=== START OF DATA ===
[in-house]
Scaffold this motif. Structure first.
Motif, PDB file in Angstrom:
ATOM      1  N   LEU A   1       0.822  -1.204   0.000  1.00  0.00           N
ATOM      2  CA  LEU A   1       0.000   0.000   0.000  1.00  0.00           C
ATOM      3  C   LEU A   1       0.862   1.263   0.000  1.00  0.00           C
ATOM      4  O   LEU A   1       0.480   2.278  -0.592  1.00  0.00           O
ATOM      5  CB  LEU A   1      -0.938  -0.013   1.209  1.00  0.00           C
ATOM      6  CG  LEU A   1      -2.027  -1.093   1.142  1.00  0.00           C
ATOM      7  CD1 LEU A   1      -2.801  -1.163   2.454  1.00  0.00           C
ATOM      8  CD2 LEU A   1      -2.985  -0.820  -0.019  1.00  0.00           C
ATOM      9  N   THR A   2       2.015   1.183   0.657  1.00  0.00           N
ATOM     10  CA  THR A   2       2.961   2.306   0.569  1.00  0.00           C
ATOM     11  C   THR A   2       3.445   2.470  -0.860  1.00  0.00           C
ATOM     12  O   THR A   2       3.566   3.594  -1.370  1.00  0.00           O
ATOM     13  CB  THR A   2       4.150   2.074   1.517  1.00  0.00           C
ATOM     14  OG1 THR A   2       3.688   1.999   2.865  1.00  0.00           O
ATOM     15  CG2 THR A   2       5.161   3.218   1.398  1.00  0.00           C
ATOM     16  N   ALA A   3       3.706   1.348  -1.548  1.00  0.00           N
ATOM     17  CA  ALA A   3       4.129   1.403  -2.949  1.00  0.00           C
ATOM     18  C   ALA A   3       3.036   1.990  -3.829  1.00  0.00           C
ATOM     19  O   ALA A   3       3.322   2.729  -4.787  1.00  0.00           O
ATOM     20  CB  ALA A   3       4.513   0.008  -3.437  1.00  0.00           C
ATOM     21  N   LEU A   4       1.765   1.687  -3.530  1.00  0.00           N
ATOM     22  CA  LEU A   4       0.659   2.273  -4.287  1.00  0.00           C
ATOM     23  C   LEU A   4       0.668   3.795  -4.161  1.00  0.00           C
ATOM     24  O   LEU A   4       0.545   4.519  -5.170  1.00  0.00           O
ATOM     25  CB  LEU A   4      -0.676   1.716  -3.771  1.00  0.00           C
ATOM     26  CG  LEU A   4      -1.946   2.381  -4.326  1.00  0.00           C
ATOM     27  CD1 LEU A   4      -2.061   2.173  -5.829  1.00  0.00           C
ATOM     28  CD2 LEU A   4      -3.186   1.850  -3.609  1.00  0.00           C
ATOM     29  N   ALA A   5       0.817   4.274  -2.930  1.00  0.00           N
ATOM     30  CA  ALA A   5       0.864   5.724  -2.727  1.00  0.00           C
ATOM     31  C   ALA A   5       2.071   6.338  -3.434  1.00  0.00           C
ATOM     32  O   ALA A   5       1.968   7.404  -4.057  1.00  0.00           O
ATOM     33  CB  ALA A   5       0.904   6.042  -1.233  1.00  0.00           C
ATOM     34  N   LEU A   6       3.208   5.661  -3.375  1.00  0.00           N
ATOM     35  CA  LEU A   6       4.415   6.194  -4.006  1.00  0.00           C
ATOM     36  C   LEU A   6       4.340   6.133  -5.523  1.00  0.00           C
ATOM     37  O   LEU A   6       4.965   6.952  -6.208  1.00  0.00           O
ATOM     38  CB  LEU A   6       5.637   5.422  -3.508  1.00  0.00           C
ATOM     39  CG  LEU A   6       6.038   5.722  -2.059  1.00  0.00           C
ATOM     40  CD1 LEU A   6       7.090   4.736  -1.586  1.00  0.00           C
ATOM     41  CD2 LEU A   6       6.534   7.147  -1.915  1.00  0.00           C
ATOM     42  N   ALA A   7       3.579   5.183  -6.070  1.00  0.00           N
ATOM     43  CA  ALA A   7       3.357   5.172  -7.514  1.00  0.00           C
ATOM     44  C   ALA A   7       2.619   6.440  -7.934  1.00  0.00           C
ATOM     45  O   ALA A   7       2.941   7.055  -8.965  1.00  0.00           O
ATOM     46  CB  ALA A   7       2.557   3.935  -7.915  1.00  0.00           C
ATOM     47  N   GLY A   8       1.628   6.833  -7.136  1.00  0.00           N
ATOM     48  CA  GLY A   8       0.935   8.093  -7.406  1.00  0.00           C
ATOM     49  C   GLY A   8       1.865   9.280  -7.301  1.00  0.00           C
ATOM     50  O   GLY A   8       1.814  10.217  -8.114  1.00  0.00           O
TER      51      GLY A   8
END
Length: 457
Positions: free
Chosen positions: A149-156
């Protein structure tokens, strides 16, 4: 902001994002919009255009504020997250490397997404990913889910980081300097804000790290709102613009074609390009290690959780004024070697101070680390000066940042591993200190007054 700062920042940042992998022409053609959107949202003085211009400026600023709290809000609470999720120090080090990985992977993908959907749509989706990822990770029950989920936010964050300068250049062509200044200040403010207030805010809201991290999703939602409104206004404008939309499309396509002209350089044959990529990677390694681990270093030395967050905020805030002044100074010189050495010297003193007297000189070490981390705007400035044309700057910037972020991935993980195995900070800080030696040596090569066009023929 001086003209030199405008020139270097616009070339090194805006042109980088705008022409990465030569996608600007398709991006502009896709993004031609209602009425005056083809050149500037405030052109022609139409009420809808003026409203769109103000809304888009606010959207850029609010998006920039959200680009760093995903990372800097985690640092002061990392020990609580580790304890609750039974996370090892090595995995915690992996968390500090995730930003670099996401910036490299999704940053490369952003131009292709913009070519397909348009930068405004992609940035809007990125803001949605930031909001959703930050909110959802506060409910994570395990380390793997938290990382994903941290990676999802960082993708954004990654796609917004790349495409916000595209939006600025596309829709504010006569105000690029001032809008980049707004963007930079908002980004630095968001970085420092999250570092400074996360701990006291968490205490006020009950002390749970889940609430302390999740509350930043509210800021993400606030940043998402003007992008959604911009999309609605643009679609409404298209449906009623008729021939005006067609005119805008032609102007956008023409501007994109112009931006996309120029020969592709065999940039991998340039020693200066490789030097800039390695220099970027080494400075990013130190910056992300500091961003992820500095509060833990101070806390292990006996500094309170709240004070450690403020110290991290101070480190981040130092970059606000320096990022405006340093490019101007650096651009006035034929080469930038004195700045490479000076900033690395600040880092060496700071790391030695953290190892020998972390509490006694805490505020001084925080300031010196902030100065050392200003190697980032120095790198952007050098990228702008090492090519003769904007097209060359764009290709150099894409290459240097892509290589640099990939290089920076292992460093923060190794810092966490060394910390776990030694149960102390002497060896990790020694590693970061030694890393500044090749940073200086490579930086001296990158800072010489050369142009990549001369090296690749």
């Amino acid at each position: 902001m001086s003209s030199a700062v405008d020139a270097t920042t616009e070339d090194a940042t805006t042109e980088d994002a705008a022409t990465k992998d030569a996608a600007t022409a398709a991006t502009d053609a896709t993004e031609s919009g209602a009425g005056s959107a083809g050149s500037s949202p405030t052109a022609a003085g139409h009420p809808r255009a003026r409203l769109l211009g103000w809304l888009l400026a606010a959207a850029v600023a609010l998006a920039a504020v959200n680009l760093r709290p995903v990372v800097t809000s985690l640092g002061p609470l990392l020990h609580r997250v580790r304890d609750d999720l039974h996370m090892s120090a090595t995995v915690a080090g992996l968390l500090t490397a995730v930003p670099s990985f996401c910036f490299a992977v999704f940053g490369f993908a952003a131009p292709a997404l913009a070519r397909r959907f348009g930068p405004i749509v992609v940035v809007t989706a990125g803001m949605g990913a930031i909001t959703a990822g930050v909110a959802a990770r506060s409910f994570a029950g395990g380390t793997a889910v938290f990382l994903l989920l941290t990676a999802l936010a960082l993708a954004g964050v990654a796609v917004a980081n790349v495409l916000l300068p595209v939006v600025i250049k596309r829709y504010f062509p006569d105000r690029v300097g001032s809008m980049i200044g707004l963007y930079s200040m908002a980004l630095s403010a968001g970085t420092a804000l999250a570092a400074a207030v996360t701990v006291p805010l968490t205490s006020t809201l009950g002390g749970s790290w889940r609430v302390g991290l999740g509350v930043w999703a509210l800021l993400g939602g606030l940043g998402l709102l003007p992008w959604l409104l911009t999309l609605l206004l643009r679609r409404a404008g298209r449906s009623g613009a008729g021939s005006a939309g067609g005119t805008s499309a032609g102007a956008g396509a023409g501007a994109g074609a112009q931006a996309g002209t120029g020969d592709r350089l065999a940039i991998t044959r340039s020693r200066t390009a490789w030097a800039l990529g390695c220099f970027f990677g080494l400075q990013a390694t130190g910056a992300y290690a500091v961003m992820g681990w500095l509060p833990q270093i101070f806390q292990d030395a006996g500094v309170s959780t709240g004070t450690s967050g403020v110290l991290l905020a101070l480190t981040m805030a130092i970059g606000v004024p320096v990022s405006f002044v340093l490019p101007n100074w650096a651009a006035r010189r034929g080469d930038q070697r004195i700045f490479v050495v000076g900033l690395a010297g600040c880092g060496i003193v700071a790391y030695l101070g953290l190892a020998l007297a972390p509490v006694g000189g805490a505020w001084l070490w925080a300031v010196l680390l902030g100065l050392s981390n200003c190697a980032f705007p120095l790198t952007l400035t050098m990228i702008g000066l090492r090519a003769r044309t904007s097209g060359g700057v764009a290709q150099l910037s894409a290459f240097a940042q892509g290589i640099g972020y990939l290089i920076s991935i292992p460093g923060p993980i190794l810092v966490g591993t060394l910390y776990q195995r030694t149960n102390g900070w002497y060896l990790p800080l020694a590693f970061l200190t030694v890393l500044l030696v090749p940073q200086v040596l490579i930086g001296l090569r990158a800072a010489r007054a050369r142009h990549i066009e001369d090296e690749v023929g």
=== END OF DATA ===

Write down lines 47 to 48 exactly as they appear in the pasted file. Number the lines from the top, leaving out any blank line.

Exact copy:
ATOM     44  C   ALA A   7       2.619   6.440  -7.934  1.00  0.00           C
ATOM     45  O   ALA A   7       2.941   7.055  -8.965  1.00  0.00           O